David Townsend, October 2015
Ten years ago this week, I was able to play a role in helping Ireland to beat Kenya and win the InterContinental Cup for the first time. According to one recent report, reprinted here on CricketEurope, my suggestion to Trent Johnston that he should declare behind in the final has gone down in "Irish cricket folklore".
Unfortunately, like much folklore, the retelling of the tale has taken on a life of its own. There were no discussions over late night drinks and the declaration was nothing to do with Ireland not wanting to lose wickets, so perhaps the tenth anniversary is a good time to record what actually happened that day in Namibia:
The three-day IC Cup final was heading for a draw, which would have given Kenya the title. The first four sessions of the game, on a very good batting track at the Wanderers in Windhoek, were entirely predictable. Boring even. Kenya won the toss and made 401-4 in their maximum 90 overs, Ireland had begun their reply strongly. Everyone was expecting Kenya to then bat through the final day and lift the trophy.
Before lunch on that second day, I was chatting to the late John Wright, the Irish Cricket Union secretary, who was managing the squad. John mentioned that after winning the IC Cup, Kenya were planning to press the ICC to elevate them to Full Membership and Test match status - it was, after all, only two years since the Africans had reached the semi-finals of the World Cup.
A little bell rang at the back of my head and an idea started to take shape.
Towards the end of the lunch interval, I found the new Ireland captain and said: "You're going to have to declare behind here, skipper."
"Why would I want to do that, DT?"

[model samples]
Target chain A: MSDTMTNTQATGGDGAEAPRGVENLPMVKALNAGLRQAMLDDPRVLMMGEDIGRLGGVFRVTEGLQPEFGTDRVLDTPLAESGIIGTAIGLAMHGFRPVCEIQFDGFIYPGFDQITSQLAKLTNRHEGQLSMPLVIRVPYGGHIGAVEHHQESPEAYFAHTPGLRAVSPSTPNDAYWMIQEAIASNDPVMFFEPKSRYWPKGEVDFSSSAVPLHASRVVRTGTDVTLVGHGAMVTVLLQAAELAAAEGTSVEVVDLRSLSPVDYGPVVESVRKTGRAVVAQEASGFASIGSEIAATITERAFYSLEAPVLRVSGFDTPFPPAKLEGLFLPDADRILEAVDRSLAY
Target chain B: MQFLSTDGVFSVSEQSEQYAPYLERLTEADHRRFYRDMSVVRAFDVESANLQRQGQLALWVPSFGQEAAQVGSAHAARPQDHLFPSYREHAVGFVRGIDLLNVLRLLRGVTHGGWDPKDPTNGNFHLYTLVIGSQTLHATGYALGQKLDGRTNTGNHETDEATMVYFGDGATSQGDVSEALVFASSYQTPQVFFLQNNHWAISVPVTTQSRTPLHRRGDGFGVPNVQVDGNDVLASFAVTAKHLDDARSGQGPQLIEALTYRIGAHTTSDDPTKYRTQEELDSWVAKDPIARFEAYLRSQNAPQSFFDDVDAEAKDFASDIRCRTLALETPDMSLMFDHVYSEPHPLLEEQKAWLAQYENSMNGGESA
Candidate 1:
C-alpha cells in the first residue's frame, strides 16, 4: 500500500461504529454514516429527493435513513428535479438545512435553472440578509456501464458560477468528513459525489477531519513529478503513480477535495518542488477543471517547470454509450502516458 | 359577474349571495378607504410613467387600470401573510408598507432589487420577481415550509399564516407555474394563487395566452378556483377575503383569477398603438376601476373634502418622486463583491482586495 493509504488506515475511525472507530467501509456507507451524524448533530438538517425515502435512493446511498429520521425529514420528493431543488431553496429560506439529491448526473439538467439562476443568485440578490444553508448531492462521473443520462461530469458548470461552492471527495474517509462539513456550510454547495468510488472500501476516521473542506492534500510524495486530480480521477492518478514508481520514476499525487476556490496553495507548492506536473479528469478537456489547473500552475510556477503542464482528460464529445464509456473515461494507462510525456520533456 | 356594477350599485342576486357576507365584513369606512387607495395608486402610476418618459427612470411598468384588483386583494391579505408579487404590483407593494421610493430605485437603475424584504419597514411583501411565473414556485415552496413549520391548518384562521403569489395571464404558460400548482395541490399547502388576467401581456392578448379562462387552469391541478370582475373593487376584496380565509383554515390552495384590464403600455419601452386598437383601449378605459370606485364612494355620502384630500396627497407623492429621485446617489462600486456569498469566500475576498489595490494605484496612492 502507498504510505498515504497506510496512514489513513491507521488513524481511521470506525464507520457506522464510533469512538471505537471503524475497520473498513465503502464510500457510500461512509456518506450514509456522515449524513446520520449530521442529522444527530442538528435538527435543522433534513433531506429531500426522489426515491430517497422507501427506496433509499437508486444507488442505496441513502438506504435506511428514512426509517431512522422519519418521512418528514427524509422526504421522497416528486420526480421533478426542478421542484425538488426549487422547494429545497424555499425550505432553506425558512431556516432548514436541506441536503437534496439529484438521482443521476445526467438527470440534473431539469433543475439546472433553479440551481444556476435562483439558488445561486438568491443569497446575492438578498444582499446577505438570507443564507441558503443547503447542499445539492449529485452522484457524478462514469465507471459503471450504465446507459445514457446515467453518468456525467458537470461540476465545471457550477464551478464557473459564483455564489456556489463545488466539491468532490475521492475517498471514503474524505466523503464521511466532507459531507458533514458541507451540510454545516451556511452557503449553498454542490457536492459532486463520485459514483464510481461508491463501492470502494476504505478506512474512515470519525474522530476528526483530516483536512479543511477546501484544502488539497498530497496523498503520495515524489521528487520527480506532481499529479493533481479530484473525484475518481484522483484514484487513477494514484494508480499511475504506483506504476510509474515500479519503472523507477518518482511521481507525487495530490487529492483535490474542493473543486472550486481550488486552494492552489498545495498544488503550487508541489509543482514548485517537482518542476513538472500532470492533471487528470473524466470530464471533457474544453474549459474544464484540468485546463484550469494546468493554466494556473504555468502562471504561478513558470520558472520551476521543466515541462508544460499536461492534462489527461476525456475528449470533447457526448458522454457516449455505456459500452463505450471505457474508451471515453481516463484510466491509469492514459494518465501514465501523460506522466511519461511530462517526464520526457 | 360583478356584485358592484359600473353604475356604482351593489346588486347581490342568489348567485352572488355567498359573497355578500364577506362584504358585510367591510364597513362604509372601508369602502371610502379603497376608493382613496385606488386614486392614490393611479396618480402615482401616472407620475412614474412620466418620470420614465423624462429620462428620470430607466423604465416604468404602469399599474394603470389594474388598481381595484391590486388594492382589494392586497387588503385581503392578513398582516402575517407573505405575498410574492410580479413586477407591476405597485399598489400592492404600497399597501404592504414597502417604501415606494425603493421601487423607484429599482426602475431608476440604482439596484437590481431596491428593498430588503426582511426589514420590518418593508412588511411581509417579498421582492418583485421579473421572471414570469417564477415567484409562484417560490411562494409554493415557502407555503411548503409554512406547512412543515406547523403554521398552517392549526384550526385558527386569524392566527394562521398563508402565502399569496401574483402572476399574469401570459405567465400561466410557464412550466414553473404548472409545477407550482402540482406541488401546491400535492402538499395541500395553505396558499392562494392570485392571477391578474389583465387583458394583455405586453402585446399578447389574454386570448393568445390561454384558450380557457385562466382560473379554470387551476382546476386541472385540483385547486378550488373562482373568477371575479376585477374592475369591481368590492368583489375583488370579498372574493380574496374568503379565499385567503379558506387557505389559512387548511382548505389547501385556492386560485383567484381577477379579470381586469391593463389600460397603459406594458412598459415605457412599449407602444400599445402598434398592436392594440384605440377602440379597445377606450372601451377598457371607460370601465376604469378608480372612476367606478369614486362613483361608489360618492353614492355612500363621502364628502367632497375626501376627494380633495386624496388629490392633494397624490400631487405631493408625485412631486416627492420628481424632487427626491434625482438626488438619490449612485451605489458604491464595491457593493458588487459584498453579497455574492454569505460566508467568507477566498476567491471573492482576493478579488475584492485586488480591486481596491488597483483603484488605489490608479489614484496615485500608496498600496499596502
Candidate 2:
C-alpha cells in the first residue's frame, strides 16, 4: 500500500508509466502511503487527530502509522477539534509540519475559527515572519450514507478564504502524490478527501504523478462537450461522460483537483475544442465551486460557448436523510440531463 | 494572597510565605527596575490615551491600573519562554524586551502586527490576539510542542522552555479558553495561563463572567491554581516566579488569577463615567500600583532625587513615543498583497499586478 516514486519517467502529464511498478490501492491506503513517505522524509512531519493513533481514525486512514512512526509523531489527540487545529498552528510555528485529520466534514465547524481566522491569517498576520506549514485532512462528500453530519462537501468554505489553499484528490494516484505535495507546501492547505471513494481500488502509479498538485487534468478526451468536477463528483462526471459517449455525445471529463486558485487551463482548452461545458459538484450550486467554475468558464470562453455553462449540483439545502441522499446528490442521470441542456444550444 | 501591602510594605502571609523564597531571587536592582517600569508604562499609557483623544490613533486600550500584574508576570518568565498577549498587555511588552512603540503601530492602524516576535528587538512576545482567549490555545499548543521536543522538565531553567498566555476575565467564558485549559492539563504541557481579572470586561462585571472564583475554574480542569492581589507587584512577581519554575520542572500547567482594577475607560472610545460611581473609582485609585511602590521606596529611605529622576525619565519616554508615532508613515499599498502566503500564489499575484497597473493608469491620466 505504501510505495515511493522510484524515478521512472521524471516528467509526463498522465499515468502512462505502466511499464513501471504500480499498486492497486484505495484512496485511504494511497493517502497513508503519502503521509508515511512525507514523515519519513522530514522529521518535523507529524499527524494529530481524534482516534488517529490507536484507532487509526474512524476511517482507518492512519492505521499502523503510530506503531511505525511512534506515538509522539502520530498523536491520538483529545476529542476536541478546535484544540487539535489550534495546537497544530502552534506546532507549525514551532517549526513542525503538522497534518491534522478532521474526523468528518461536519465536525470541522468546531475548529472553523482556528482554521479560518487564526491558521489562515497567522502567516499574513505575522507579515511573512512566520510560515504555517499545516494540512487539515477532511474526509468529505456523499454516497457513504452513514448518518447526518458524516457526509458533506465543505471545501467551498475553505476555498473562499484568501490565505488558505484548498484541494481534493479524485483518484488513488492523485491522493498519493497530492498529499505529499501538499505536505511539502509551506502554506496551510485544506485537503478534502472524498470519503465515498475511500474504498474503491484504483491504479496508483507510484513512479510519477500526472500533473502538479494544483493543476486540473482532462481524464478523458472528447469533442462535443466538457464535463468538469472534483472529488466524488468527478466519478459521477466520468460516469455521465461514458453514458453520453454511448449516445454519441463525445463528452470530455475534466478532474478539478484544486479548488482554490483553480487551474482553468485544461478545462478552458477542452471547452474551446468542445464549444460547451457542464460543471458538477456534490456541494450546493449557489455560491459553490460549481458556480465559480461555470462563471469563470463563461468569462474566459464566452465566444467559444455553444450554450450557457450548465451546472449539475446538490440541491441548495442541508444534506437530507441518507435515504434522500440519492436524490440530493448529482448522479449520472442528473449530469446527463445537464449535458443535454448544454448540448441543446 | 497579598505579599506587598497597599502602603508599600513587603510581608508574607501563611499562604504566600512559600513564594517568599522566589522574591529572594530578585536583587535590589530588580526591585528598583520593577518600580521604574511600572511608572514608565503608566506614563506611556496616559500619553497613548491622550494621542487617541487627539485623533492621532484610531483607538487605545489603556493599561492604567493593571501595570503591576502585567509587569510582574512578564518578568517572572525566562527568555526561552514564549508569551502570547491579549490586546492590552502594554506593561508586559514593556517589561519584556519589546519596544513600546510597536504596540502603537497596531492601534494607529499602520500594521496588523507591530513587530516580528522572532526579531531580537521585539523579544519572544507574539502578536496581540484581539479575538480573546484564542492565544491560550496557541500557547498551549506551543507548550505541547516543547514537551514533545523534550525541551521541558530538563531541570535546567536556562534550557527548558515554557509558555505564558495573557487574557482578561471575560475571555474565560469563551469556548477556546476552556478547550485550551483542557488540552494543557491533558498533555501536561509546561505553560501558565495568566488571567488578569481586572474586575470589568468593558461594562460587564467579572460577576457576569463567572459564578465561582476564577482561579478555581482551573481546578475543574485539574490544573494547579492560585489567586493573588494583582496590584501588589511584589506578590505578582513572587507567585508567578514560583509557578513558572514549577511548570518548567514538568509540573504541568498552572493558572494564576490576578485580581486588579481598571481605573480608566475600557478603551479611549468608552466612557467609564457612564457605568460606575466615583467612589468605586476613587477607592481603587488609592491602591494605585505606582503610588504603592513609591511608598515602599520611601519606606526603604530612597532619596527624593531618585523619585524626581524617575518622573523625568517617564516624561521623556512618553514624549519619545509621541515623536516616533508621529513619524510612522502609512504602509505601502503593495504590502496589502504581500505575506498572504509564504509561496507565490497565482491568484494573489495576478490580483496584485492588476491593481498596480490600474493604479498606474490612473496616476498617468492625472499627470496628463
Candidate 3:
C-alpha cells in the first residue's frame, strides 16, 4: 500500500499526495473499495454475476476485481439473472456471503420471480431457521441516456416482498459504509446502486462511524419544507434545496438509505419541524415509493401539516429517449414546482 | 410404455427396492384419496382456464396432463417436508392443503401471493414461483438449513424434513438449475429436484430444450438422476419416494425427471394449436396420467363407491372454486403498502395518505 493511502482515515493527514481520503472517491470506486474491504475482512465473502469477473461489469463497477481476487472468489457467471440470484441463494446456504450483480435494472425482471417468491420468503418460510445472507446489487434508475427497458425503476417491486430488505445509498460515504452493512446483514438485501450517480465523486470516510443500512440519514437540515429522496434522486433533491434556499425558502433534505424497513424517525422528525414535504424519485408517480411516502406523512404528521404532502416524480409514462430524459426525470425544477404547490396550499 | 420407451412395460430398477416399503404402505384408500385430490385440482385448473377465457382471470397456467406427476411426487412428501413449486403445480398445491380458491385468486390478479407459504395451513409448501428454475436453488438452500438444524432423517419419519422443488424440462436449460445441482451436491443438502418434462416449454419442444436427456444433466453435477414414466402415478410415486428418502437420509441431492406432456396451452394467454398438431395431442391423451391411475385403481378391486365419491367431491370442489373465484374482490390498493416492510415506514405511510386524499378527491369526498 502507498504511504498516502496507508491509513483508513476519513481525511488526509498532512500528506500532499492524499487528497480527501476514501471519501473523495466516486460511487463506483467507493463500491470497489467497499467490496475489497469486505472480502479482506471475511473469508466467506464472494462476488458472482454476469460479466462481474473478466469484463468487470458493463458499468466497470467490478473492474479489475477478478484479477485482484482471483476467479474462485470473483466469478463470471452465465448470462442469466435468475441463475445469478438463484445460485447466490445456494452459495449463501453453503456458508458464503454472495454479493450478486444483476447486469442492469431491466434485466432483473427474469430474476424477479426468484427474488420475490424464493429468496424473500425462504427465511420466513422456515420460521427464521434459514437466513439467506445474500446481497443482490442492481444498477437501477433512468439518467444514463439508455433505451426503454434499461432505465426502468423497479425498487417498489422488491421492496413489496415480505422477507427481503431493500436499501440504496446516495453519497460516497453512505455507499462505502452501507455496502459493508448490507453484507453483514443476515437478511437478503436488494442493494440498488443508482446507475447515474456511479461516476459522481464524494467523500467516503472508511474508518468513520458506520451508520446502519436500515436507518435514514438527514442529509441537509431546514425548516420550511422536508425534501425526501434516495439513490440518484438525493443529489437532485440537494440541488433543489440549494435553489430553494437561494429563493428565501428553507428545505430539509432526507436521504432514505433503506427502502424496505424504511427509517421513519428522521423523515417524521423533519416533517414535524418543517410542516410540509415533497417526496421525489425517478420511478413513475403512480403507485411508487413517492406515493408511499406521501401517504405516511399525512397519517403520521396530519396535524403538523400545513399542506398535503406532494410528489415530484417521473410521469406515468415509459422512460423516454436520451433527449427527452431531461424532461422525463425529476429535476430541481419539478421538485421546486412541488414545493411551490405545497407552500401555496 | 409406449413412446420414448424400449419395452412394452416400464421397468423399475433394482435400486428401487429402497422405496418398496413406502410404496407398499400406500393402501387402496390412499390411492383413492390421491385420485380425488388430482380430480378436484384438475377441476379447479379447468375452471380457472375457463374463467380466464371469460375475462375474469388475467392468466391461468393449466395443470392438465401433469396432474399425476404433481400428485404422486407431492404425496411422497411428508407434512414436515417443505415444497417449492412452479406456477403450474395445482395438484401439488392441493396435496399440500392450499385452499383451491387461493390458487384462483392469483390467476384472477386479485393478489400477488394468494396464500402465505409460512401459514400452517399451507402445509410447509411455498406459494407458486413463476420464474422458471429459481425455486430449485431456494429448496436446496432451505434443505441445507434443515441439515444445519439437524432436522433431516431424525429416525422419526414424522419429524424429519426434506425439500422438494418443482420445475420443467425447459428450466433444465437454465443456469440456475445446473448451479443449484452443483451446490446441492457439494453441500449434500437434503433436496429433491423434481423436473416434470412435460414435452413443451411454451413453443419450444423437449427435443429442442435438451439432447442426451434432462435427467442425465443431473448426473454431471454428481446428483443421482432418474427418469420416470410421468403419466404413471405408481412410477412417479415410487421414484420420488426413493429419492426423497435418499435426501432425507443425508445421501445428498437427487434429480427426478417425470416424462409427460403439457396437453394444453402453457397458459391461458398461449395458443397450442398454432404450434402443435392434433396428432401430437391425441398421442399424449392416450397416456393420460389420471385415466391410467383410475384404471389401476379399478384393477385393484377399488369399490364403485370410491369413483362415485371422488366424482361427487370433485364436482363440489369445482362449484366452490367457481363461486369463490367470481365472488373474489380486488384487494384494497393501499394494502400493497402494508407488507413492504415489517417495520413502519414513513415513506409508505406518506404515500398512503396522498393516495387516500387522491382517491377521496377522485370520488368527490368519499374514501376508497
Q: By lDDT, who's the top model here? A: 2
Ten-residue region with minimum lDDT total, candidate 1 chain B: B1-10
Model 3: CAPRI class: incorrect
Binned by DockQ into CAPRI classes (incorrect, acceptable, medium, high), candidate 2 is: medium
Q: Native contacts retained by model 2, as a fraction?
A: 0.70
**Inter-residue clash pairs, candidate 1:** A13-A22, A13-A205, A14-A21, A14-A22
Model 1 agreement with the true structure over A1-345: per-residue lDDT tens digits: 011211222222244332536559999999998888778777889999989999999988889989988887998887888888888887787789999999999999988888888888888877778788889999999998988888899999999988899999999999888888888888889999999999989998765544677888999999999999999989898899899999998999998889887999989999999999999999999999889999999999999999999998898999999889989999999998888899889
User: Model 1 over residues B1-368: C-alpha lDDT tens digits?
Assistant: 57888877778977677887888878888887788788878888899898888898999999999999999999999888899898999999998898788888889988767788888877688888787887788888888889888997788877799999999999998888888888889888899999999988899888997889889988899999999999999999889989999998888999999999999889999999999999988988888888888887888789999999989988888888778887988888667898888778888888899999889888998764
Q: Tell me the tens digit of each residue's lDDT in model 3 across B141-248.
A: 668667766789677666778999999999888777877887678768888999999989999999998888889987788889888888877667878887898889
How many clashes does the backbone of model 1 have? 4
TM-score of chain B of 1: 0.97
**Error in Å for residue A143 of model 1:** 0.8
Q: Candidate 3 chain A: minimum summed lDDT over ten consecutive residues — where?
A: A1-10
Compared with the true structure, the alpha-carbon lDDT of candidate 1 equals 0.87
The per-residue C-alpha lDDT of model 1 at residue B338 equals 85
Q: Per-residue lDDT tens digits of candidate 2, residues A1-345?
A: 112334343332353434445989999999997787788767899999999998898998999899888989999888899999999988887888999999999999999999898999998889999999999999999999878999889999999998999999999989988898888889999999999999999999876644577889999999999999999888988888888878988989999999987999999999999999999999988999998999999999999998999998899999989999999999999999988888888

"Well, you're not going to win this the way things are going..."
"Agreed," Trent said. "But how is declaring behind going to help?"
"Throw down a challenge. Try to get them to set you a run chase on the final afternoon - no matter how difficult - it's the only way you have a chance of winning."
"Why would they want to do that? Why would they even give us a sniff?"
"Because Kenya have come down here to show the ICC that they are ready to play Test cricket. What's it going to look like if they are frightened to take on Ireland?
Tell them: 'You think you're ready to play Australia and South Africa - but you're scared to have a game of cricket with Ireland?'
"You might have to get into their ears a bit - explain why the ICC aren't going to be impressed."
Trent grinned: "I think we can do that alright!"
He strode off around the boundary to speak to coach Adi Birrell and returned 15 minutes later to tell me with another big grin: "Operation Townsend is underway!"
And the rest, as they say, is history.
Trent clapped his hands with Ireland on 313-4 - 88 runs behind - and such was the element of surprise that both the Kenyans and the umpires remained on the field for several minutes, not realising that Ireland had declared. The Kenyan 12th man brought out drinks. It was almost comical.
The confusion continued and deepened as one of the Kenya openers had been off the field having a rest at the time of the declaration and was therefore unable to open.
The African side lost three wickets that evening and realised that their guaranteed draw had been blown wide open. From being overwhelming favourites, they turned up the following day not knowing whether to stick or twist; did they try to block it out or set a target. No surprise that Niall O'Brien behind the stumps was quite vocal. Captain Steve Tikolo, one of the two best batsmen never to play Test cricket, was disorientated to the point of being out "hit wicket" (although it went in the book as "bowled Kyle McCallan") as his side fell between two stools and collapsed to 156 all out.
As Ireland knocked off the 245 to win for the loss of four wickets, Kenya's coach Mudassar Nazar, the former Pakistan allrounder, stumbled around muttering "Unbelievable declaration! Unbelievable!"
It was an unbelievable declaration. The genius, of course, was not so much the idea or the timing of it, but that an international cricket captain would take the trouble to listen to a journalist, never mind act upon his suggestion. But that's Trent Johnston for you. It's also the mark of the man that not once did he try to take any credit for the declaration - even name checking me in his book Raiders of the Caribbean, two years later.
After lifting the trophy, Trent put an arm around my shoulder and said: "I'm always going to love you for that, big fella."
Ten years on, the feeling is still mutual.